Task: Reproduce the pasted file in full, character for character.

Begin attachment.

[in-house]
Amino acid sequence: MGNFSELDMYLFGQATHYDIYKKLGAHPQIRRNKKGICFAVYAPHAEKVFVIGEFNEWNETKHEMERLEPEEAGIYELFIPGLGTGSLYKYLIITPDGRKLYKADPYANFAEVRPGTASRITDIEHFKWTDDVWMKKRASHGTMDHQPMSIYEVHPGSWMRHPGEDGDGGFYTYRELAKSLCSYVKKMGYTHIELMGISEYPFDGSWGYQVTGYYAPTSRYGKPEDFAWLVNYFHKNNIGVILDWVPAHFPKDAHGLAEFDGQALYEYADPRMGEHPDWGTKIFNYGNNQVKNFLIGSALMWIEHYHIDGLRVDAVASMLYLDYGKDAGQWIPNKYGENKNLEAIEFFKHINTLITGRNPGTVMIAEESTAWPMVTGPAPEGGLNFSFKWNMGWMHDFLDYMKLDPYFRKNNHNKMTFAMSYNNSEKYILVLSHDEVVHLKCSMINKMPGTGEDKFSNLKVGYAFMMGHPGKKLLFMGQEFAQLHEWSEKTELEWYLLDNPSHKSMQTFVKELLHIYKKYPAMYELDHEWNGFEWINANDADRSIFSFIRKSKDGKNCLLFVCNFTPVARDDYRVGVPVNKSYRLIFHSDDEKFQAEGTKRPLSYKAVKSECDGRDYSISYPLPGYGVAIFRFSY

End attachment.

[in-house]
Amino acid sequence: MGNFSELDMYLFGQATHYDIYKKLGAHPQIRRNKKGICFAVYAPHAEKVFVIGEFNEWNETKHEMERLEPEEAGIYELFIPGLGTGSLYKYLIITPDGRKLYKADPYANFAEVRPGTASRITDIEHFKWTDDVWMKKRASHGTMDHQPMSIYEVHPGSWMRHPGEDGDGGFYTYRELAKSLCSYVKKMGYTHIELMGISEYPFDGSWGYQVTGYYAPTSRYGKPEDFAWLVNYFHKNNIGVILDWVPAHFPKDAHGLAEFDGQALYEYADPRMGEHPDWGTKIFNYGNNQVKNFLIGSALMWIEHYHIDGLRVDAVASMLYLDYGKDAGQWIPNKYGENKNLEAIEFFKHINTLITGRNPGTVMIAEESTAWPMVTGPAPEGGLNFSFKWNMGWMHDFLDYMKLDPYFRKNNHNKMTFAMSYNNSEKYILVLSHDEVVHLKCSMINKMPGTGEDKFSNLKVGYAFMMGHPGKKLLFMGQEFAQLHEWSEKTELEWYLLDNPSHKSMQTFVKELLHIYKKYPAMYELDHEWNGFEWINANDADRSIFSFIRKSKDGKNCLLFVCNFTPVARDDYRVGVPVNKSYRLIFHSDDEKFQAEGTKRPLSYKAVKSECDGRDYSISYPLPGYGVAIFRFSY